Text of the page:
and Jenny Colgan created Rosie Hopkins


As you will probably have noticed practically everything I read has an element of the ‘fantastical’ about it. Either aliens or zombies or invading, or victorian women are investigating mysterious curses in shadowy castles, or the question of reality is in itself queried.

However I saw Rosie Hopkins’ Sweetshop of Dreams by Jenny Colgan in the library and suddenly had the desire for some chick lit. I went through a bit of a chick lit reading phase about 10 years ago but wandered away from it towards fantasy instead, getting sick of the same same plots and not at all identifying with the characters.

The back of the book looked appealing and as soon as I started I was hooked. I think i read it over only a few days. Rosie Hopkins works all hours in a hospital in London and lives in a small flat with her long term boyfriend. When a family emergency arises, Rosie ends up going to stay with her elderly aunt Lilian who runs a sweetshop in rural Derbyshire. Not only do we follow Rosie we also follow the story of Lilian back in 1942 which added a whole extra, yet intertwined, story to the book. I don’t want to give much away but it really is very good. There are good times and heartache, bicycles, vegetable patches, grumpy old ladies, the importance of having a good coat, a mystery in the dark house on the hill, and lots and lots of sweets. Oh and recipes too!

Old fashioned sweetshops are just magical, although i am of the generation of the plastic jars rather than the beautiful glass ones, i remember going in and buying quarters of giant strawberries, cola bottles and pint pots. (beer sweets – how exciting is that to a child!). We have proper old fashioned sweet shops in town, and one of the great thing about being an adult is that you can justifiably go in and spend a fiver on all sorts and then eat them all over the weekend without having to answer to anyone.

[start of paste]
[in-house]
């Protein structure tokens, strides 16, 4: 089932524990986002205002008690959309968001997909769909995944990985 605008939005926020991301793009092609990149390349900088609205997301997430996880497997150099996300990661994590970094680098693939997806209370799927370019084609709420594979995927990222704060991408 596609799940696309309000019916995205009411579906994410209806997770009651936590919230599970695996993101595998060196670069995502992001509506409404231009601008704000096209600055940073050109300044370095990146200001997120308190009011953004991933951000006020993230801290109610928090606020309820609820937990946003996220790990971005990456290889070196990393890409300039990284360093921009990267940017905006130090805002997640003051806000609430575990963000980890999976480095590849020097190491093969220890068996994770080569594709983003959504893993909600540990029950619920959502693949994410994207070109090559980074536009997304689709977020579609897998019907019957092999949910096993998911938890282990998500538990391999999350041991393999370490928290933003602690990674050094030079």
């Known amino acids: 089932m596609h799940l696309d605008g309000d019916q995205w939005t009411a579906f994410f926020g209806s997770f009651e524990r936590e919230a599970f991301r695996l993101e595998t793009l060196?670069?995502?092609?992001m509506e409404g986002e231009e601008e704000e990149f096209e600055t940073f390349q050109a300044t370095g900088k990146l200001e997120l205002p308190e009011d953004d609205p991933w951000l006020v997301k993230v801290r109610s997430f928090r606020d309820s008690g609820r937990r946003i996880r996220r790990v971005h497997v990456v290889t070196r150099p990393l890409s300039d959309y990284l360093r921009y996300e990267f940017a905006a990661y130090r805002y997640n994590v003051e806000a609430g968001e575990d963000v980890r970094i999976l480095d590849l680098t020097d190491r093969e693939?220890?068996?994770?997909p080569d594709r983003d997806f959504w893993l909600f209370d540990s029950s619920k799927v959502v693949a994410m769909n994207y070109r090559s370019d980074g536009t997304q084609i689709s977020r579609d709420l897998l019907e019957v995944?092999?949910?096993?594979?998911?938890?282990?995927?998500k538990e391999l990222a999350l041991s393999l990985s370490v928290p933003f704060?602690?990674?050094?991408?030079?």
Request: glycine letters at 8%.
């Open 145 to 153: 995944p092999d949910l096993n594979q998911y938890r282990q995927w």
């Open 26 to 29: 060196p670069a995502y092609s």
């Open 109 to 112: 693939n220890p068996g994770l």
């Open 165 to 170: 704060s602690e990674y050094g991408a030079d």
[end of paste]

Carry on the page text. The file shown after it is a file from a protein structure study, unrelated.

Christmas at Rosie Hopkins Sweetshop by Jenny Colgan. As soon as I finished the first book i immediately got on the library catalogue for the sequel. It had not long been published so every copy was out and i put myself on the waiting list to reserve a copy. I was immensely lucky and got the book within a week and then read the whole thing over the weekend.

Now I can’t give too much away here because I really want you to read the first one. (p.s. don’t read the back of this one before you’ve read the first one – my mistake – as it gives some stuff away). However, this book is set a year later and follows how Rosie is getting along and what she is doing for christmas. Firstly her family announces they will be arriving from Austrailia and then practically everything you can imagine happening in a telly christmas special, happens (but in a really really well written way). Thats all I can say really except that you won’t be able to put it down.

Before this i had only read one Jenny Colgan novel; Talking to Addison which i got free with a magazine many many years ago. I really enjoyed it (its about a florist who falls for a computer geek) but somehow never read another. This was Jenny’s second novel. I think there is something very personal about reading, you either take to the heroine or you don’t. Sometimes you read and you either don’t care about or don’t understand the main character but I must Jenny Colgan’s girls so far 🙂 This spring her new book The Beach Street Bakery is being published and its on my wishlist already.


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